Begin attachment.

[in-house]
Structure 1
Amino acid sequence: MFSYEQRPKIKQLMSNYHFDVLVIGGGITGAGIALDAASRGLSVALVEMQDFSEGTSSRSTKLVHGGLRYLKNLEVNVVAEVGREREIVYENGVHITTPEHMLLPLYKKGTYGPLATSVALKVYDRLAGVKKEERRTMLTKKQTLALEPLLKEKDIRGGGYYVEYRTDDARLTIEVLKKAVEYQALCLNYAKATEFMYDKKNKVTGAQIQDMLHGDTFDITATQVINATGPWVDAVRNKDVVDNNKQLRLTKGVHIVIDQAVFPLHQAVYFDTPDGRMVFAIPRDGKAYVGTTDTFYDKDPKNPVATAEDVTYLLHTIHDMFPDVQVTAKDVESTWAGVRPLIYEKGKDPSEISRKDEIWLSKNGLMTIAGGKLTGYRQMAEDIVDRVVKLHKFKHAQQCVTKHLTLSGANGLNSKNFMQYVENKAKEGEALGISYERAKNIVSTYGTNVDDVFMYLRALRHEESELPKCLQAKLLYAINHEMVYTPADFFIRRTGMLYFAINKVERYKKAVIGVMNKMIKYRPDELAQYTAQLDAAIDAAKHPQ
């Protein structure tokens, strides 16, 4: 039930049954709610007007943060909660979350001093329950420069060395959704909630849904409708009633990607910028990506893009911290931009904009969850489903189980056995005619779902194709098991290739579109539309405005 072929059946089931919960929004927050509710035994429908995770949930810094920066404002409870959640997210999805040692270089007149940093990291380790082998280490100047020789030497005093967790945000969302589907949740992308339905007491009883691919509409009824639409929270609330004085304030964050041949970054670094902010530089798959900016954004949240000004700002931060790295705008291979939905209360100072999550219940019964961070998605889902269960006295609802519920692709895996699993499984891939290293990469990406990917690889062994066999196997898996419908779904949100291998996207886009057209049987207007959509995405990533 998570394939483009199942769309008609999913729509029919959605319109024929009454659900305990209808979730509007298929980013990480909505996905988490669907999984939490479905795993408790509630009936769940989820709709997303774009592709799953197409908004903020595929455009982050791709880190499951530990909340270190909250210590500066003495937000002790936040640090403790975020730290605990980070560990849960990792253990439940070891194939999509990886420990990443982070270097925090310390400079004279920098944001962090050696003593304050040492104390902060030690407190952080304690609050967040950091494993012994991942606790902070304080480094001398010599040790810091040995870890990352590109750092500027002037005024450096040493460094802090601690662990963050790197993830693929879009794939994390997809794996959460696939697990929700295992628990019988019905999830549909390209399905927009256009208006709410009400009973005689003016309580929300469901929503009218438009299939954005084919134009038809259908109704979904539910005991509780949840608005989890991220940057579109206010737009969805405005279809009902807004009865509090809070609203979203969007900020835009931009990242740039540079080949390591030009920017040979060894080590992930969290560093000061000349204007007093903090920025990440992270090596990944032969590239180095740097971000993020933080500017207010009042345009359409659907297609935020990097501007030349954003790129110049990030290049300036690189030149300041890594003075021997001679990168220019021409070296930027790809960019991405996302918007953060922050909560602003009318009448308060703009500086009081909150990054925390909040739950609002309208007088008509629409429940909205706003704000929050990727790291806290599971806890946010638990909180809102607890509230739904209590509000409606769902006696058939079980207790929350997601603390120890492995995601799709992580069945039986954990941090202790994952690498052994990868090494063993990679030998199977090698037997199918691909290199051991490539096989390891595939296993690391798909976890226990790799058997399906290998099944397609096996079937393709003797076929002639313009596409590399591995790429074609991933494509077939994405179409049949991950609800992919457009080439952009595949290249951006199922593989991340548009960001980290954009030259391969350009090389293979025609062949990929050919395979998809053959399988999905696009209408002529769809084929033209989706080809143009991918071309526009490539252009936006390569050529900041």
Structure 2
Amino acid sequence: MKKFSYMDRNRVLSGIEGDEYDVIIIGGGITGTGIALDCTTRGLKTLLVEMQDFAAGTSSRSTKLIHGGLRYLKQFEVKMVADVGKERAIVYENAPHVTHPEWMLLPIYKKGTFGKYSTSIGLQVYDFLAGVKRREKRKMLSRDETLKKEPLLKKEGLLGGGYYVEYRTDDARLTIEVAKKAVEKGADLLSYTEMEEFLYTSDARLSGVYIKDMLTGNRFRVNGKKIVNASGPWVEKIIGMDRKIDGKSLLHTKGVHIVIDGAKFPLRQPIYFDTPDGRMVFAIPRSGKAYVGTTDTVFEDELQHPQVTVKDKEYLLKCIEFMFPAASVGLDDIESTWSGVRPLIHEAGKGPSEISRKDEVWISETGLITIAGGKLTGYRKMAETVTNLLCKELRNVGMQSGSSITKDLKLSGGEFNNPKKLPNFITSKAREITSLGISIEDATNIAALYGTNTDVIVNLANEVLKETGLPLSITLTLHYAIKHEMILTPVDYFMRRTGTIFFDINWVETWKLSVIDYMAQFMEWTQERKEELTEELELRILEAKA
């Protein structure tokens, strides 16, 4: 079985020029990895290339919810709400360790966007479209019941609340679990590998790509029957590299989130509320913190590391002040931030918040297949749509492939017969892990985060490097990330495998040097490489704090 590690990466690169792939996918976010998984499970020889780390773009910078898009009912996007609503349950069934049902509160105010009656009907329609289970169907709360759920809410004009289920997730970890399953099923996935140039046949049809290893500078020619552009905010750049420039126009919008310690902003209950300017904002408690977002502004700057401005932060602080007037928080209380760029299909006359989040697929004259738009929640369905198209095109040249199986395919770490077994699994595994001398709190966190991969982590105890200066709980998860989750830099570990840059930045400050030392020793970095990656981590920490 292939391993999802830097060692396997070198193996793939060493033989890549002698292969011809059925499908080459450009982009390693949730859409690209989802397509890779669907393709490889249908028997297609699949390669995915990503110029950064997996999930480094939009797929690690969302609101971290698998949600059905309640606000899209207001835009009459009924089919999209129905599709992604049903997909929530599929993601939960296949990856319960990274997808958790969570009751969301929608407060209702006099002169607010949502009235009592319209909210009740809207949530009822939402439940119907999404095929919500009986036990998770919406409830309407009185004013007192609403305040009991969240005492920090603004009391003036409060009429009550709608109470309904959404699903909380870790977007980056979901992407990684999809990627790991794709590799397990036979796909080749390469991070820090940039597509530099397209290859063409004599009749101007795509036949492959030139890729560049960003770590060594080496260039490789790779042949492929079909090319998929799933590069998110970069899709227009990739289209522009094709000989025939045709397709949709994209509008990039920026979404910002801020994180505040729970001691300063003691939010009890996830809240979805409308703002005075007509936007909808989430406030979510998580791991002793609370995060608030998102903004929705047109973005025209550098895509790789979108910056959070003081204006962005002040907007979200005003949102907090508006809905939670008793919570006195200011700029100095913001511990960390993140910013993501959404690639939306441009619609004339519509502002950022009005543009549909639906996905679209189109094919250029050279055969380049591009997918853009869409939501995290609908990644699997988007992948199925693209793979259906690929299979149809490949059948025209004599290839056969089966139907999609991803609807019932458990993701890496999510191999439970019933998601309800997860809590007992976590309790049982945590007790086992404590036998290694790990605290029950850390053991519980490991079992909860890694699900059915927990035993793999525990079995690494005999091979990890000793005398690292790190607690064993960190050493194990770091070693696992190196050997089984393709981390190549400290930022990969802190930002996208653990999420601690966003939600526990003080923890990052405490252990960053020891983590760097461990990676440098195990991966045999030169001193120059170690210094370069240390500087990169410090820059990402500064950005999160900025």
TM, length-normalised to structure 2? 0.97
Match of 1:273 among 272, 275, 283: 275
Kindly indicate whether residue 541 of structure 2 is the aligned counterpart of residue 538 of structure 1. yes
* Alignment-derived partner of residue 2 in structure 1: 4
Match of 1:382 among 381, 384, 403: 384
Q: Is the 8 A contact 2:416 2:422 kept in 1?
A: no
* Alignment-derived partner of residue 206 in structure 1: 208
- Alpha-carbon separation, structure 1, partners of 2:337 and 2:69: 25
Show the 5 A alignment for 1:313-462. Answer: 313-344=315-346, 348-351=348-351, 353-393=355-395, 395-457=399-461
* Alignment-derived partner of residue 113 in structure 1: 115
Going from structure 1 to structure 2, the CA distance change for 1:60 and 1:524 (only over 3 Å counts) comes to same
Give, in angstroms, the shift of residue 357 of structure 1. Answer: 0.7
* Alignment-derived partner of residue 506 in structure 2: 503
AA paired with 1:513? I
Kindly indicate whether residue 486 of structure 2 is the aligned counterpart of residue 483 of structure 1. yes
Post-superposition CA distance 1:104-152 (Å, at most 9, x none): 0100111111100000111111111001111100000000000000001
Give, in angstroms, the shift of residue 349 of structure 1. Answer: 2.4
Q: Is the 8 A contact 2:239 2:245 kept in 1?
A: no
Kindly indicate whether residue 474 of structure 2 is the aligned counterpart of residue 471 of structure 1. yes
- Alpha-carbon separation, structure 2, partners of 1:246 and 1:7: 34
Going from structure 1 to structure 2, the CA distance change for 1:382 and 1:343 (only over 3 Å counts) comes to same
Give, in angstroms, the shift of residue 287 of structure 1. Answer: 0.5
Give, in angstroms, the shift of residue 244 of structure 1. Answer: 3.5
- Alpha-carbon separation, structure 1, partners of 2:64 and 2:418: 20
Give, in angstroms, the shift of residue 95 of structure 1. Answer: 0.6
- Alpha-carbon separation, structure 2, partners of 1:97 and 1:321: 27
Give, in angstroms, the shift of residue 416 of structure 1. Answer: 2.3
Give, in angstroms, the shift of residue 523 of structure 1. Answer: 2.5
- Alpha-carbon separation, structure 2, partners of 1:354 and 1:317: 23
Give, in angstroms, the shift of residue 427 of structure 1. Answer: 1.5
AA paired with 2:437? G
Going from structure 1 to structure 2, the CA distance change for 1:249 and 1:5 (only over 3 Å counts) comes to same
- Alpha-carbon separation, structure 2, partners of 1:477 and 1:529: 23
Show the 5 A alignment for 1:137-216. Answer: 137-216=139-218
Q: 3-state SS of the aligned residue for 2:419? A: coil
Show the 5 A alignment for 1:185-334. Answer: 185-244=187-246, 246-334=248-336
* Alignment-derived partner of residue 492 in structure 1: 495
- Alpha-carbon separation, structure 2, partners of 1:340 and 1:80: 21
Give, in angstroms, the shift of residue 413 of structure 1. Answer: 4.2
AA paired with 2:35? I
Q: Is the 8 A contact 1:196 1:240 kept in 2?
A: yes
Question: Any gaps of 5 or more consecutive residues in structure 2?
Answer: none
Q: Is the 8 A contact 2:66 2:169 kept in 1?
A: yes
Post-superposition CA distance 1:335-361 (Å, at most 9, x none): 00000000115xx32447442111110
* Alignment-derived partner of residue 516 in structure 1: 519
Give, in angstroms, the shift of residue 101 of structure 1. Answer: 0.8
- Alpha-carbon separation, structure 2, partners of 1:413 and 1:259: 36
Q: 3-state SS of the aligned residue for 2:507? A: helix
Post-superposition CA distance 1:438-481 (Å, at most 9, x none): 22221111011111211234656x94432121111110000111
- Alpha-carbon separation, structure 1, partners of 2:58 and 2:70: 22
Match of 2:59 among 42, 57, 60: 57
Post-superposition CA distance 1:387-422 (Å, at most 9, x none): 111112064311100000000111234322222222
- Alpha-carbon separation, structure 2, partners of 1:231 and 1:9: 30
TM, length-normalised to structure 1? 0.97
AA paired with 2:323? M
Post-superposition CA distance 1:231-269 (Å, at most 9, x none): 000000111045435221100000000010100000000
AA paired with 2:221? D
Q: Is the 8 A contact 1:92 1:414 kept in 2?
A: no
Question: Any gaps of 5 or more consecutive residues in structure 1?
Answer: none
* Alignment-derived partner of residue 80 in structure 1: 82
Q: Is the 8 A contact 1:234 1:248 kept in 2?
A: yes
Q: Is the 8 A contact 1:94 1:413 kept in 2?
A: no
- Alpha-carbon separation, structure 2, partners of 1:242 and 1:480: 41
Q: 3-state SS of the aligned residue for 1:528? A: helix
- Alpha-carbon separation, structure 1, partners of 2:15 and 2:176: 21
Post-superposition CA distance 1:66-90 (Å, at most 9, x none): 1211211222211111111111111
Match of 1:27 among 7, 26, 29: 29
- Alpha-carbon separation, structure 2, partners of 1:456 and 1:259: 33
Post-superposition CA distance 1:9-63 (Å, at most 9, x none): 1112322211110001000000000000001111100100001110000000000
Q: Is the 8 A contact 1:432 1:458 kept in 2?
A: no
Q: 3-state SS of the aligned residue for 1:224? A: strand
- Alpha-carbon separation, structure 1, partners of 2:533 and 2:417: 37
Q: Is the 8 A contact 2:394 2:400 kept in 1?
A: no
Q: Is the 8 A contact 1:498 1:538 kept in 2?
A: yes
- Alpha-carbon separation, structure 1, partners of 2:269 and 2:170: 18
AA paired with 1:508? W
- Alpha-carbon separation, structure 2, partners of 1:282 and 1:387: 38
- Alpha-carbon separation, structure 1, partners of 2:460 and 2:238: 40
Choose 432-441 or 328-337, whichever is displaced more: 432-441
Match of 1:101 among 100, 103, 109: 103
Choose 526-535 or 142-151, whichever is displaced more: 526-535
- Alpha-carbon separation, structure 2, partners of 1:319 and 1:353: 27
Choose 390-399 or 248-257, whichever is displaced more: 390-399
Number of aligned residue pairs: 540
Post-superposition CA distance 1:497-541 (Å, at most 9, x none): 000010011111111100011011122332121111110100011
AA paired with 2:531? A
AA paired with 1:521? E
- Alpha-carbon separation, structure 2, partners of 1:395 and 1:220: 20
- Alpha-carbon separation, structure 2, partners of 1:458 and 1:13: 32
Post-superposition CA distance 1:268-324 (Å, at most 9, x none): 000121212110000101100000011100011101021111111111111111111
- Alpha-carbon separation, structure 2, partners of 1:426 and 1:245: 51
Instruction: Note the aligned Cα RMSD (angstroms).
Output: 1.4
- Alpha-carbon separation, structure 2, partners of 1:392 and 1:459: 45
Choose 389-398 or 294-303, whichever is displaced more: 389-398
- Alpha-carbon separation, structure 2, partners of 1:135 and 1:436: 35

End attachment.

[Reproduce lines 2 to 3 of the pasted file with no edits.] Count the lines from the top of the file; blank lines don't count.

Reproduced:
Structure 1
Amino acid sequence: MFSYEQRPKIKQLMSNYHFDVLVIGGGITGAGIALDAASRGLSVALVEMQDFSEGTSSRSTKLVHGGLRYLKNLEVNVVAEVGREREIVYENGVHITTPEHMLLPLYKKGTYGPLATSVALKVYDRLAGVKKEERRTMLTKKQTLALEPLLKEKDIRGGGYYVEYRTDDARLTIEVLKKAVEYQALCLNYAKATEFMYDKKNKVTGAQIQDMLHGDTFDITATQVINATGPWVDAVRNKDVVDNNKQLRLTKGVHIVIDQAVFPLHQAVYFDTPDGRMVFAIPRDGKAYVGTTDTFYDKDPKNPVATAEDVTYLLHTIHDMFPDVQVTAKDVESTWAGVRPLIYEKGKDPSEISRKDEIWLSKNGLMTIAGGKLTGYRQMAEDIVDRVVKLHKFKHAQQCVTKHLTLSGANGLNSKNFMQYVENKAKEGEALGISYERAKNIVSTYGTNVDDVFMYLRALRHEESELPKCLQAKLLYAINHEMVYTPADFFIRRTGMLYFAINKVERYKKAVIGVMNKMIKYRPDELAQYTAQLDAAIDAAKHPQ